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Irish Morgan Stanley boss's Brexit warning

By Donal O'Donovan

Published 23/06/2016

Morgan Stanley president Colm Kelleher claimed a Brexit could prompt the firm to move its European headquarters out of London
Morgan Stanley president Colm Kelleher claimed a Brexit could prompt the firm to move its European headquarters out of London

The top Irish executive at US powerhouse Morgan Stanley has said a vote to leave the European Union would be the most significant geopolitical event for the continent since the end of the Second World War.

Morgan Stanley president Colm Kelleher claimed a Brexit could prompt the financial services company to move its European headquarters from London to Dublin or elsewhere.

"This will be the most consequential thing post-war that we've ever seen," Mr Kelleher said in an interview on Bloomberg Television.

"Initially, the fallout could be controlled, but the political ramifications are actually quite profound."

"We are hoping that the British voter will show some sense and listen to all the economic arguments and vote to stay. But we clearly are looking at our plans.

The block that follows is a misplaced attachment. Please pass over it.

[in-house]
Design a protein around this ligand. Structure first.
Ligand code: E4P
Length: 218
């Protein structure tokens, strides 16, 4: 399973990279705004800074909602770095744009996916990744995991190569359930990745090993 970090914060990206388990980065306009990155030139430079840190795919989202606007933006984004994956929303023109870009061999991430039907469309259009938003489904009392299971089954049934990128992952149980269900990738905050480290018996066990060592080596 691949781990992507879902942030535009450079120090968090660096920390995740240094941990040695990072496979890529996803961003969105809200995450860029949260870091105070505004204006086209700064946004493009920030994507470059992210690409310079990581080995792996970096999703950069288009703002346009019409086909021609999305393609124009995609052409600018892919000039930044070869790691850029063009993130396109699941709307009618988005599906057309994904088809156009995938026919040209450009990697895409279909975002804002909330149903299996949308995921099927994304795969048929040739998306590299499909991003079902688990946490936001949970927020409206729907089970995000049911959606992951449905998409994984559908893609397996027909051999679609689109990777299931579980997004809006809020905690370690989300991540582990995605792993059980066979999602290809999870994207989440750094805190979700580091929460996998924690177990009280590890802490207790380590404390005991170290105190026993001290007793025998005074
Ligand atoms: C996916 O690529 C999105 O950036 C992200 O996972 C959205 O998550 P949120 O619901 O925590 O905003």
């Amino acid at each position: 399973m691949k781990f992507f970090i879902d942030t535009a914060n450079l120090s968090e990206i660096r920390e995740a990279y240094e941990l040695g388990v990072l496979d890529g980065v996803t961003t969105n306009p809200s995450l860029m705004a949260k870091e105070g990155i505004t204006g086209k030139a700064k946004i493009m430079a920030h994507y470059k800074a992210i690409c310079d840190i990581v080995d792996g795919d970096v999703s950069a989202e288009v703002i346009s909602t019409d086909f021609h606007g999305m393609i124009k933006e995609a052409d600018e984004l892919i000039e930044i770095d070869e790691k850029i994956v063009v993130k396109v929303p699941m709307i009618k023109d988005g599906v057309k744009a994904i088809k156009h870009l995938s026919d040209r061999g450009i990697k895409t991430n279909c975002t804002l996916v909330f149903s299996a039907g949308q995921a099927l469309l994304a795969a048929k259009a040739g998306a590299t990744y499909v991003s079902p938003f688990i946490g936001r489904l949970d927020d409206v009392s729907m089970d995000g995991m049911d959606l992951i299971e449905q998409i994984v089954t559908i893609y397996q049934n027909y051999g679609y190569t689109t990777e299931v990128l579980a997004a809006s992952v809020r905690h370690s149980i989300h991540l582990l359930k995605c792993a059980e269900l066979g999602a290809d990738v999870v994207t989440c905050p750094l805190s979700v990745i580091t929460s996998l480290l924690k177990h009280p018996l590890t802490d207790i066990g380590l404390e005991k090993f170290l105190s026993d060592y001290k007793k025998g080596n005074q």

Mr Kelleher (59) joined the company in 1980, and has run its investment bank and trading division since 2013.

He gained oversight of the brokerage last January, when he was promoted to the position of president.

A Brexit vote would cost the UK a number of finance jobs as areas like the clearing of the euro currency would shift to the continent, Mr Kelleher said.

He added that over the longer-term there would be issues related to visas and the movement of labour and goods.

"London cannot not suffer in the event of a Brexit vote, and the reason for that is historic," the Irishman explained. "London has done very well by virtue of being part of the European Union.

"It is (Europe's) market... the exchanges, clearing, everything is based on London."

Even if the UK opts to remain, markets are unlikely to climb significantly or return to higher trading volumes because of prolonged low interest rates and growth, he claimed.

When asked if the US election also affected markets, Mr Kelleher cited oil and China as reasons for investor indecision.

Markets remain on edge heading into today's vote on UK membership in the EU.

Belfast Telegraph

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